• 16 months ago


    awesome awesome awesome

  • 17 months ago


    Enjoyable article -- thanks for it! Laughing

  • 17 months ago


    The combination player thinks forward; he starts from the given position, and tries the forceful moves in his mind. 

  • 17 months ago


    I did last that long, I have a signed board from Magnus with "Last Man Standing" and a dedication to show for it.

    The event was held in London and was reported on in Financial Times yesterday albeit without reports on the individual games.

    However of course the material equality after move 45 is a mirrage, and in my mind a funny joke more than a real fact as in the next move Magnus promoted one of his pawns. Here's the full list of move

    1.e4 e5 2.Nf3 d6 3.d4 Nc6 4.Bb5 Bd7 5.O-O Nf6 6.Nc3 Be7 7.Re1 O-O 8.Bxc6 Bxc6 9.dxe5 dxe5 10.Qxd8 Rfxd8 11.Nxe5 Be8 12.Nd3 c6 13.f3 a5 14.Be3 b5 15.Rad1 Rab8 16.Bc5 Bxc5+ 17.Nxc5 Rxd1 18.Rxd1 Kf8 19.e5 Nd5 20.Nxd5 cxd5 21.Rxd5 a4 22.a3 b4 23.axb4 Rxb4 24.Nd3 Rb8 25.Kf2 h6 26.Ke3 Ra8 27.h4 a3 28.bxa3 Rxa3 29.h5 Ke7 30.g4 f6 31.exf6+ Kxf6 32.Rc5 Kf7 33.Kf4 Kf8 34.Rc7 Ra6 35.c4 Rf6+ 36.Kg3 Kg8 37.Ne5 Kf8 38.f4 Re6 39.c5 Re7 40.Ng6+ Bxg6 41.Rxe7 Kxe7 42.hxg6 Kd7 43.f5 Kc6 44.f6 gxf6 45.g7 Kxc5 46.g8=Q Kd4 47.Qe6 f5 48.gxf5 h5 49.f6 h4+ 50.Kxh4 Kc3 51.f7 Kb2 52.f8=Q Kc3 53.Qa3+ Kd4 54.Qae3#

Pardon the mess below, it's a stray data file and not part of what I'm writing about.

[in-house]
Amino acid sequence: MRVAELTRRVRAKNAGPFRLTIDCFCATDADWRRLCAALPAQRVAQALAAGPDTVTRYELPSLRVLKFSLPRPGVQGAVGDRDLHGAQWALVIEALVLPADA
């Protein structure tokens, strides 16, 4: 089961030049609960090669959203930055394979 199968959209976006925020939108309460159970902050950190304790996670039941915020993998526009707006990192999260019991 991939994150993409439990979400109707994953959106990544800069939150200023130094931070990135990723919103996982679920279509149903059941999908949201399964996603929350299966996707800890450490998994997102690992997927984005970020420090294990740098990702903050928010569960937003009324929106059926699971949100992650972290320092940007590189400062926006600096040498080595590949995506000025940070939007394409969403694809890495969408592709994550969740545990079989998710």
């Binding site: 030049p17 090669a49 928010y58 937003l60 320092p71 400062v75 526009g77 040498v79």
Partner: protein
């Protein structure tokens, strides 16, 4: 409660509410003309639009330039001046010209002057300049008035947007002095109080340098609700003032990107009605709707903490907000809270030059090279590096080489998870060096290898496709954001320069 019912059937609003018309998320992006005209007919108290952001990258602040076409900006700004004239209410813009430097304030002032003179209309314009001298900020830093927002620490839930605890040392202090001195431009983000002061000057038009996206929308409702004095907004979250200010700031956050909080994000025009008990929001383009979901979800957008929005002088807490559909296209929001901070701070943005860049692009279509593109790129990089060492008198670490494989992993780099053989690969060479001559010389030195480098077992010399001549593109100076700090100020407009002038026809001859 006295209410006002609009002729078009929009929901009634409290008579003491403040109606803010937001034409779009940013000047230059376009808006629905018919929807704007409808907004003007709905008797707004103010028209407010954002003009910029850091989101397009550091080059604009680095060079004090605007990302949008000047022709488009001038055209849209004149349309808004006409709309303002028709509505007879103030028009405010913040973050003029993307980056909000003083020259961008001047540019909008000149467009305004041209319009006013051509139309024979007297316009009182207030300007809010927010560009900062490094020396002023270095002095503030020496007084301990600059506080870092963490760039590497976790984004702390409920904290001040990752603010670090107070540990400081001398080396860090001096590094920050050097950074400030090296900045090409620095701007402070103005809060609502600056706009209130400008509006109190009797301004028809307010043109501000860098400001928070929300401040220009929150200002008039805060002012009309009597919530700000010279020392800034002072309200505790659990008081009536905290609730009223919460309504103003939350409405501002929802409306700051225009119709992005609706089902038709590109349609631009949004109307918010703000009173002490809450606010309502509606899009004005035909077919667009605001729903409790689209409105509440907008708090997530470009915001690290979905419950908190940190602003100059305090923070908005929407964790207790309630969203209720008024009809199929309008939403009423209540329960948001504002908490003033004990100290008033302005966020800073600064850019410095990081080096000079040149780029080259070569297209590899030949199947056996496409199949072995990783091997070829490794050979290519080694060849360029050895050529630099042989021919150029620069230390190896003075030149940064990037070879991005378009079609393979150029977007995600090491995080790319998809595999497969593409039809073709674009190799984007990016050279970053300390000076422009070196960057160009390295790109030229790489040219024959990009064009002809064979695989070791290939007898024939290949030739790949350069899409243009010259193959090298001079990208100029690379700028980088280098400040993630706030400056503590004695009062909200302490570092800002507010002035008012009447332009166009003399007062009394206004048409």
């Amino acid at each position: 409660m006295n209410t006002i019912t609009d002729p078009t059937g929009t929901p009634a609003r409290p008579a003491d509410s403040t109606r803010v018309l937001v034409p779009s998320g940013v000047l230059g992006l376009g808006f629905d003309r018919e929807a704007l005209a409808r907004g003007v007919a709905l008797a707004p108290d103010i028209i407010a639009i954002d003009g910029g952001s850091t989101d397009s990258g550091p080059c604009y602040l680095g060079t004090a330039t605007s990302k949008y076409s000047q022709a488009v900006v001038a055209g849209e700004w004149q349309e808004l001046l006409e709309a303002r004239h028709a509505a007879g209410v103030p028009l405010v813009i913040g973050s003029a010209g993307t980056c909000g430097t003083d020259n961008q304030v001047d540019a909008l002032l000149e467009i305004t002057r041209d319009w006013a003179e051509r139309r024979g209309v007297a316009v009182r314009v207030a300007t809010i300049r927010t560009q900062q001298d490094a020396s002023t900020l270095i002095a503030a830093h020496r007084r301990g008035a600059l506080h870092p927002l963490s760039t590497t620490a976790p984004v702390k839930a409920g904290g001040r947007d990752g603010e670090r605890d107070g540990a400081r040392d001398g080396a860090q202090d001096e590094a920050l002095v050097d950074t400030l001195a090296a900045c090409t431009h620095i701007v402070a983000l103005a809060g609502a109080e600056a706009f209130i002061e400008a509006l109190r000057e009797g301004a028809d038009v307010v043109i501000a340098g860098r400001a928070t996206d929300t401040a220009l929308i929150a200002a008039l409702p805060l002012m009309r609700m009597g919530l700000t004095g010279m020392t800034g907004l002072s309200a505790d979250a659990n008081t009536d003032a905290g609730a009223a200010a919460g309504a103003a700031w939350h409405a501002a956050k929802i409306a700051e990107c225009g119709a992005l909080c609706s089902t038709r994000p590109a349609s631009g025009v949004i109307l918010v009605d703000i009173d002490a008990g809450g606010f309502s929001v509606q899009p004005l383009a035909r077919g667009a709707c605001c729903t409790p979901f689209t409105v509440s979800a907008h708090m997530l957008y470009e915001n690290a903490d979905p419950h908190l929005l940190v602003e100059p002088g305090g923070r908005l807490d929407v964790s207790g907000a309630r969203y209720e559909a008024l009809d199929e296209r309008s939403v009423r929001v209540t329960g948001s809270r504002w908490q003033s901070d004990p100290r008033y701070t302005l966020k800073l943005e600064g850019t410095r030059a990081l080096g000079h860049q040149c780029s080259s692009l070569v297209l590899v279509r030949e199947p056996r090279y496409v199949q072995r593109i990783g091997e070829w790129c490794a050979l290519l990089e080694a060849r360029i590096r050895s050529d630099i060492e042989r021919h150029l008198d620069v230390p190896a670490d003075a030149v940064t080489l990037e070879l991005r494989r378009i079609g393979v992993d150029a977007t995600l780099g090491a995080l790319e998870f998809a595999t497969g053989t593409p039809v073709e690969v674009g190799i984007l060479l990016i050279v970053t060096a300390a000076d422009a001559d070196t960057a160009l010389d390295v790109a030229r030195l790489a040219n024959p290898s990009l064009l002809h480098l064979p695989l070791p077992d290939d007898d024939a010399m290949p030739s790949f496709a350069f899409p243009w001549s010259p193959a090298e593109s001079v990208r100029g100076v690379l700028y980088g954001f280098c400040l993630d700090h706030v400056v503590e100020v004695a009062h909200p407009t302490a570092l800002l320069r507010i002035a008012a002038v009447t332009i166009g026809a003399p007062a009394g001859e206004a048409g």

• 17 months ago


    @Marcokim I think it was in an article Bryan Smith wrote where he showed an over-the-board game that he had played against Kamsky, where he was surprised, at the time, that Kamsky liquidated all the material on the board to a bishop endgame. Kamsky was much higher rated and was very much pressing for the win--so the way Bryan's explanation went was that a small positional advantage in pawn structure becomes magnified and game deciding when most of the pieces are traded off.

    I managed to find the article. You can read more about it here.


  • 17 months ago


    With all due respect TVLP as a 1300 rated player, I find it hard to believe you could even hold material equality against an FM through to the late middlegame, let alone Magnus (even in a simul). I am assuming Magnus can easily play a 20+ simul at an average PR of 2200, thats enough to liquify most sub-1800 players with ease.

    But if you did then power to you.

  • 17 months ago


    "Anand has managed to liquify" -- that's a new chess term on me.

  • 17 months ago